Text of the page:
Friday, 25 September 2015

Migration and the EU: an institution crumbling?

The bonds that bind the European Union are fraying. And the looser they become, the easier it will be for the UK to slip those bonds entirely and make its escape.

Or, to put it another way: the EU's migration crisis could well hasten Britain's exit. If you're in the mood for real drama, how's this for a new mathematical formula? Greek debt crisis + EU migration crisis + Brexit = end of EU.

Fanciful? Perhaps. But after the latest emergency summit in Brussels on Wednesday, even the president of the European Council, the former Polish prime minister Donald Tusk, said: "What is at stake is … the future of Schengen, the sense of order in Europe and the common European spirit." In other words, the future of the EU itself.

The European Union is built on a labyrinthine system of rules and regulations designed to ensure that all members have equal rights and responsibilities. Once member states start tearing up the rule book with impunity, the structure soon starts to crumble.

The rule book is already in a sorry state. Rules about propping up weak economies were jettisoned when Greece teetered on the brink of debt default. The same thing happened to the rules on processing applications for asylum (the so-called Dublin convention) when first Italy and Greece, and then Hungary, buckled under the sheer weight of numbers.

Then Angela Merkel said "Willkommen" to just about everyone, regardless of the Dublin convention, only to kick the door shut again and tear up the Schengen free-travel agreement. In 1989, Hungary hastened the end of the Cold War by opening its borders with Austria, thus enabling citizens of the Soviet bloc countries free access to the West; in 2015, it started re-building the fences, and in doing so may have hastened the end of the EU, or at least of Schengen.

It's not a pretty picture. Mrs Merkel said in Brussels on Wednesday, as leaders gathered to discuss the migration crisis: “It cannot be that Europe says ‘We can’t handle this.’” It sounded like a whistle in the dark -- because the truth is that the EU can't handle it, doesn't know how to handle it, and can't agree on how to handle it.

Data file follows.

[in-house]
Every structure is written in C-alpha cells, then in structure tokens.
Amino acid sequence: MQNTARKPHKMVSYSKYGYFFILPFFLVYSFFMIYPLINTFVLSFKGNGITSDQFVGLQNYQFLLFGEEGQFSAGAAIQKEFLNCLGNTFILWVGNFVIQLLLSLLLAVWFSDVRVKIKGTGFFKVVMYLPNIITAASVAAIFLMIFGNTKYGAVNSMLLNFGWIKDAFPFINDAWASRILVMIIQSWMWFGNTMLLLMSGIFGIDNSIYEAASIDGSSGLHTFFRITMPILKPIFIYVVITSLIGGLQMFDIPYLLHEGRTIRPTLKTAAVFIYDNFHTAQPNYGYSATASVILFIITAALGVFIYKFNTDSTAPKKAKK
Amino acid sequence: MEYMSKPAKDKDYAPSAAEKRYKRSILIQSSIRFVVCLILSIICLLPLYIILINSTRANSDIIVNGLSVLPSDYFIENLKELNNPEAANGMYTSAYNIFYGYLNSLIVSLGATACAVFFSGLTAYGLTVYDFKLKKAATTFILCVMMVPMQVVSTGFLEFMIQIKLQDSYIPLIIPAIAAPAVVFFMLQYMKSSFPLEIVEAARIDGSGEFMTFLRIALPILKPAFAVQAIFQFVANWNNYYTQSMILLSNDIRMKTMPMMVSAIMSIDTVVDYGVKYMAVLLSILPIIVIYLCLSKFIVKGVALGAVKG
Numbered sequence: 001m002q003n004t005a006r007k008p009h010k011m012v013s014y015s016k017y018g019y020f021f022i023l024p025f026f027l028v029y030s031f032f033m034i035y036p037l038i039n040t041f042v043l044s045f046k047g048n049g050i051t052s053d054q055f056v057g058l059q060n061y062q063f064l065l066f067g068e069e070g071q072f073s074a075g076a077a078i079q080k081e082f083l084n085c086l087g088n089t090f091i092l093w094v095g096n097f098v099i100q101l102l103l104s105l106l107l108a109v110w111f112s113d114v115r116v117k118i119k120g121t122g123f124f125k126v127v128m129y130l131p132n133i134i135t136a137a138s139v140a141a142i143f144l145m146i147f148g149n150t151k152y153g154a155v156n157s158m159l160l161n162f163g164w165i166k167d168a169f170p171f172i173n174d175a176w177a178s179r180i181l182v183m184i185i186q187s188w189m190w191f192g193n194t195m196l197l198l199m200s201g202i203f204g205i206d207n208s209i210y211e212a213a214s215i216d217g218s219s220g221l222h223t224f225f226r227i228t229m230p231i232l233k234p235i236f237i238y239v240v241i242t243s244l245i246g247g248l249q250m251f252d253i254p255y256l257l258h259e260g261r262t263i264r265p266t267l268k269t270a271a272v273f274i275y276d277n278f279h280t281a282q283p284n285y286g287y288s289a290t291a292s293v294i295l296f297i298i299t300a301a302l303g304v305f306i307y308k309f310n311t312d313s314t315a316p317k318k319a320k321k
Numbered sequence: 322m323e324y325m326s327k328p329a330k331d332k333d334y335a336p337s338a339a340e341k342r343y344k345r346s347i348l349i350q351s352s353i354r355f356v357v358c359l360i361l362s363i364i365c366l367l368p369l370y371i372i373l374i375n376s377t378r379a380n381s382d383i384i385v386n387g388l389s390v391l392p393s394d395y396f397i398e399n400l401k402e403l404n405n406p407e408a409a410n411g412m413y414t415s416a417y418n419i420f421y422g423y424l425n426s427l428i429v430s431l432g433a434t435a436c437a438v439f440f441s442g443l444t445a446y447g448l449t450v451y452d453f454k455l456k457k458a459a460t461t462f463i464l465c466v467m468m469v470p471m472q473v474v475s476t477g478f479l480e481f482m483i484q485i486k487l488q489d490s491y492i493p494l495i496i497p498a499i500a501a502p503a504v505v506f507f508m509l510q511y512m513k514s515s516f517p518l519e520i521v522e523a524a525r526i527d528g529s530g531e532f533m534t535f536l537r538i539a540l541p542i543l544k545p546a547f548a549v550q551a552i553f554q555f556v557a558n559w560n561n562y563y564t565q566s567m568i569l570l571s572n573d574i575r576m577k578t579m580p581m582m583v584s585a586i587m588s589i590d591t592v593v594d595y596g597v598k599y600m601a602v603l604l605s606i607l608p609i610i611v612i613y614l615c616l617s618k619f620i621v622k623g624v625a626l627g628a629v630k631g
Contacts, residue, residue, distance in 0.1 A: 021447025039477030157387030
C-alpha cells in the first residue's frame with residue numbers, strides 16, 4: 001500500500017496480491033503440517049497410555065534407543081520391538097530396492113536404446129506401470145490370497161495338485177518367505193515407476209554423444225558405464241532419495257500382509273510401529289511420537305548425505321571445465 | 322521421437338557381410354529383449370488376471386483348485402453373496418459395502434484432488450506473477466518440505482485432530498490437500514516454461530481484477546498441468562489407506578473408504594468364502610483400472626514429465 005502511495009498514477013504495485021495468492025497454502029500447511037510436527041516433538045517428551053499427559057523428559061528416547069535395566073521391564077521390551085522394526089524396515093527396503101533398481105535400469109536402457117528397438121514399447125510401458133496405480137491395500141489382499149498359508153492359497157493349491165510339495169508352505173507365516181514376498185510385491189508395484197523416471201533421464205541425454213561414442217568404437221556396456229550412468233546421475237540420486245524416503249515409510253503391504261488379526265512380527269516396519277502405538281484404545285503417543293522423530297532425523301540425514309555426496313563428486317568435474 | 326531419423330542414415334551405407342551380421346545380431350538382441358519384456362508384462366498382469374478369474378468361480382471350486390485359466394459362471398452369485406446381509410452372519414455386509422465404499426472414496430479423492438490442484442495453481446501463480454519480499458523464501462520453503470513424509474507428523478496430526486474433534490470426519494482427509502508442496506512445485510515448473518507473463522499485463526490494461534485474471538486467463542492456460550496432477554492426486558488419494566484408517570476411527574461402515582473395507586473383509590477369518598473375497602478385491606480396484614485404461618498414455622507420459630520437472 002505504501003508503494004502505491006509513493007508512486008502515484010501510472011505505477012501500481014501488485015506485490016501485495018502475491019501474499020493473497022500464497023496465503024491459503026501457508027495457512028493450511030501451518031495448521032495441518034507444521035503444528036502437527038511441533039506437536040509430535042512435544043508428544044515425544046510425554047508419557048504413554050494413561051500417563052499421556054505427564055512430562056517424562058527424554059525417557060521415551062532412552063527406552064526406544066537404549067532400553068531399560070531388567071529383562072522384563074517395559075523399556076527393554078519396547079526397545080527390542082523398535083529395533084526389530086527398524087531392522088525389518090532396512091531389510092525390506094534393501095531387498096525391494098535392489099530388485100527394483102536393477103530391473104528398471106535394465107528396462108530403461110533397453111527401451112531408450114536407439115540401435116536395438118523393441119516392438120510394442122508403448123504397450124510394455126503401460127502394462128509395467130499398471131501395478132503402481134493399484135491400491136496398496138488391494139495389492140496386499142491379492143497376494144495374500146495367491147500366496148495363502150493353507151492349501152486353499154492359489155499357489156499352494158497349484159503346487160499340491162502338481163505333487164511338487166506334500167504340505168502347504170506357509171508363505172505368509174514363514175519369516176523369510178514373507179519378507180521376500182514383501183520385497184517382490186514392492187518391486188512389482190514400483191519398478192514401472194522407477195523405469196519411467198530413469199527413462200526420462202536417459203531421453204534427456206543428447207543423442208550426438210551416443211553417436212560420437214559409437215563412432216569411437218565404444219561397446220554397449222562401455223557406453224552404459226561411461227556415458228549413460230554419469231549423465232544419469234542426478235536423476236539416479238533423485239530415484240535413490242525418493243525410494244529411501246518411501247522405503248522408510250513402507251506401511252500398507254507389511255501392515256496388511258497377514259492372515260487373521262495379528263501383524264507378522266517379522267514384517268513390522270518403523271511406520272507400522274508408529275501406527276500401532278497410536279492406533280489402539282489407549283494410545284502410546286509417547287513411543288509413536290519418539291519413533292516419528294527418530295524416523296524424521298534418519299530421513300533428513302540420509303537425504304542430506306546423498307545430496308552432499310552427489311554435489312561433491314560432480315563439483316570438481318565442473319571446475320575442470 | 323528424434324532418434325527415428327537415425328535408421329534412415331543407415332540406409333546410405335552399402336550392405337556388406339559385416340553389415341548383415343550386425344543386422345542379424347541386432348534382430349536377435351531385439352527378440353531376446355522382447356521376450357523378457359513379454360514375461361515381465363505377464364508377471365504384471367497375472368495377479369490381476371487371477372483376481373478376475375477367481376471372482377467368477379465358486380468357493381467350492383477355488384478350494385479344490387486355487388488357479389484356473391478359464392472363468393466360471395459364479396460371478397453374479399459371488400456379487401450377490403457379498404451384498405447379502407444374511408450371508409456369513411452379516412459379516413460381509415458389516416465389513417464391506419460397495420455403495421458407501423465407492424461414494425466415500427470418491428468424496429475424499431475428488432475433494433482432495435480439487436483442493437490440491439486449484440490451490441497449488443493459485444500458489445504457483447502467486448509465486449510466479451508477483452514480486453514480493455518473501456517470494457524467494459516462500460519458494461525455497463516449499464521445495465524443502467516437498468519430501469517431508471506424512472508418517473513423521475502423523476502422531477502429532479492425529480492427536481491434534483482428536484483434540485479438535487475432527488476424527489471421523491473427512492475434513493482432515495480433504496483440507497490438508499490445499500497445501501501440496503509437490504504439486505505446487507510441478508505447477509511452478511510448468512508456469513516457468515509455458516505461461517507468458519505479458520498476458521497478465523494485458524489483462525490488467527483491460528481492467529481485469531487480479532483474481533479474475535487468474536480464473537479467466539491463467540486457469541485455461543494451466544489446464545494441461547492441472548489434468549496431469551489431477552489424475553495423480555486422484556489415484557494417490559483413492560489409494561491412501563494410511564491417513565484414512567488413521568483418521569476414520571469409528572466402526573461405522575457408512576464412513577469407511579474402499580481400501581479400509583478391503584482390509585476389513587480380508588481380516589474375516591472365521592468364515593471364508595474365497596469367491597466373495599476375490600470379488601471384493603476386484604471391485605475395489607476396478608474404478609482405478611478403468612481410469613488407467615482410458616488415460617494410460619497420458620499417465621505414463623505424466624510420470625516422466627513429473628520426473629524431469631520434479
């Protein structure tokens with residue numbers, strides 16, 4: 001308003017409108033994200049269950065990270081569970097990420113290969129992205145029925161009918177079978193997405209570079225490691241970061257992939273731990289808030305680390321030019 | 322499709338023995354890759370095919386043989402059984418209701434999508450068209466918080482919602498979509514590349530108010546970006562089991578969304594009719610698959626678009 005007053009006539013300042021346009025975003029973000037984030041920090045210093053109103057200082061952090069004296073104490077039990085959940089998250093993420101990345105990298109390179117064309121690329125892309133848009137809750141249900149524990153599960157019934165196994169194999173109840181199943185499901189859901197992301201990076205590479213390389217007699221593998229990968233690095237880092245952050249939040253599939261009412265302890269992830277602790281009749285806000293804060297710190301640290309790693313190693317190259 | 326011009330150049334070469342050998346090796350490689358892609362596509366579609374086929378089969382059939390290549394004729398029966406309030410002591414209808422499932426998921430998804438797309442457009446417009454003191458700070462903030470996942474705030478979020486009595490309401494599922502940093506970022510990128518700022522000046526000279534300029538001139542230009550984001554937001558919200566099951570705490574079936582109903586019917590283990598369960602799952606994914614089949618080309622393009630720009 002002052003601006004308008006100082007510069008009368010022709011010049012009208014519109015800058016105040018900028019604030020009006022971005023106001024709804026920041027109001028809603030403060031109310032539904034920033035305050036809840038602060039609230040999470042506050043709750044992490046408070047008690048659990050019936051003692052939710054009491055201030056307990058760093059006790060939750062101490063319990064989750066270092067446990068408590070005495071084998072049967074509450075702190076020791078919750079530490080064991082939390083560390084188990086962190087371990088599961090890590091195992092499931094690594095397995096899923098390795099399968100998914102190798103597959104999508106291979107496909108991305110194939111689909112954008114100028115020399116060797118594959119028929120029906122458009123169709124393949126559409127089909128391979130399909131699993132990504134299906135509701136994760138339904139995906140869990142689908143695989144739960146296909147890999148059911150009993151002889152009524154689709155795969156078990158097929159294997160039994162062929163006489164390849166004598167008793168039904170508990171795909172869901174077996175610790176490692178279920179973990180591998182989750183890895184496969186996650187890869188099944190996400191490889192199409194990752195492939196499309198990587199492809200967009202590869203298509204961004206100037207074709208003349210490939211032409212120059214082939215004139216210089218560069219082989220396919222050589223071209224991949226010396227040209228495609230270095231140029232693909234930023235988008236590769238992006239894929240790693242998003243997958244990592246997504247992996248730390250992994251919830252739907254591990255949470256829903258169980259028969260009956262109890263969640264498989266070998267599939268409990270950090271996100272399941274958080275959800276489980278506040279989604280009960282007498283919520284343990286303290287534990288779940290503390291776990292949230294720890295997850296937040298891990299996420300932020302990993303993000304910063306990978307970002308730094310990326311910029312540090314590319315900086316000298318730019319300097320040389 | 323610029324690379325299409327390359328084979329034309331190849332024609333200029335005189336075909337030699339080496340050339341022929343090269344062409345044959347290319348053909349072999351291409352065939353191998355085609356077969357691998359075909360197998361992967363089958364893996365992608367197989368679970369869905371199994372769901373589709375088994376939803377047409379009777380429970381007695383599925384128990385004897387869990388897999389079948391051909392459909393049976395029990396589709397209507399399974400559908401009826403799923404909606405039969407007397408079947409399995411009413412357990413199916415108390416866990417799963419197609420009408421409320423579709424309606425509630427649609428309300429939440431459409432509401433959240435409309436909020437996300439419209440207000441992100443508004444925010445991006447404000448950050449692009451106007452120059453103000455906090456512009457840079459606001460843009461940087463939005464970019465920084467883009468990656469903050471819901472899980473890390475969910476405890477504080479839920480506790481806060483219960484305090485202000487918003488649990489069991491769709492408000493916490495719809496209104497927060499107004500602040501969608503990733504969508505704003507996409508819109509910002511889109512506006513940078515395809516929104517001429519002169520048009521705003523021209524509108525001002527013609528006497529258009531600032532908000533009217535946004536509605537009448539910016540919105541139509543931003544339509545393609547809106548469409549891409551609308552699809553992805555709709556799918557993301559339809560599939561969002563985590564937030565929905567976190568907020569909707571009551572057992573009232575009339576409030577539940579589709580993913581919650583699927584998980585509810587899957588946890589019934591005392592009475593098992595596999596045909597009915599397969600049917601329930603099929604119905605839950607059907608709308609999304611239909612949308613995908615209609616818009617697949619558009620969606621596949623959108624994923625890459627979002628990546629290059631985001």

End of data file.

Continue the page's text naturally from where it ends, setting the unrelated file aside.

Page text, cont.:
For David Cameron, it's all a very mixed blessing. On the one hand, he is no longer the only EU leader unhappy at the way the institution is being run. Hungary, the Czech Republic, Slovakia and Romania are all deeply unhappy at the idea that other EU countries can simply gang up on them and order them to take in people whom they don't want to take in. (Prediction: they won't do it.)

He also has the satisfaction of noting that his fellow EU leaders have, belatedly, come round to his way of thinking that the most effective way to try to slow the numbers of people leaving the refugee camps in Turkey is to provide sufficient funding so that conditions in the camps, especially with winter approaching, remain tolerable.

But on the other hand, as long as the EU is embroiled in ugly recriminations over migration, no one will have much appetite for the nitty-gritty of the UK's demands for a re-negotiated relationship with Brussels. Besides which, if we take Mr Cameron at his word -- that he wants the UK to remain a member of the EU -- a rising tide of anti-EU sentiment is not what he was hoping for.

Nigel Farage and UKIP have made significant electoral headway over the past couple of years by equating EU membership in voters' minds with immigration policy. It is, of course, true that as long as the UK remains in the EU, it can't impose restrictions on the entry of citizens of other EU member states. But this is wholly unrelated to the treatment of people seeking asylum from Syria, Iraq, Afghanistan, Eritrea or elsewhere -- yet in many people's minds, the two issues have become fused into one over-riding fear: too many immigrants.

Now add to this unstable mix the election of Jeremy Corbyn as leader of the Labour party. He says he can't imagine a situation in which Labour would campaign for Britain to leave the EU -- yet his support for British membership remains less than wholehearted and he has in the past been extremely critical of what he has regarded as the EU's pro-free market ideology.

If you believe the opinion polls (and yes, I know that's a big "if"), the public mood is shifting towards a referendum vote in favour of leaving the EU. The day after the general election last May, I wrote: "It is not entirely fanciful to imagine that by the time of the next election, Scotland will have split away from the UK, and the UK, or what remains of it, will have left the European Union."

I'm not so sure about Scotland, but the prospect of the UK leaving the EU is looking even less fanciful now. Mr Cameron has a tough task ahead of him.

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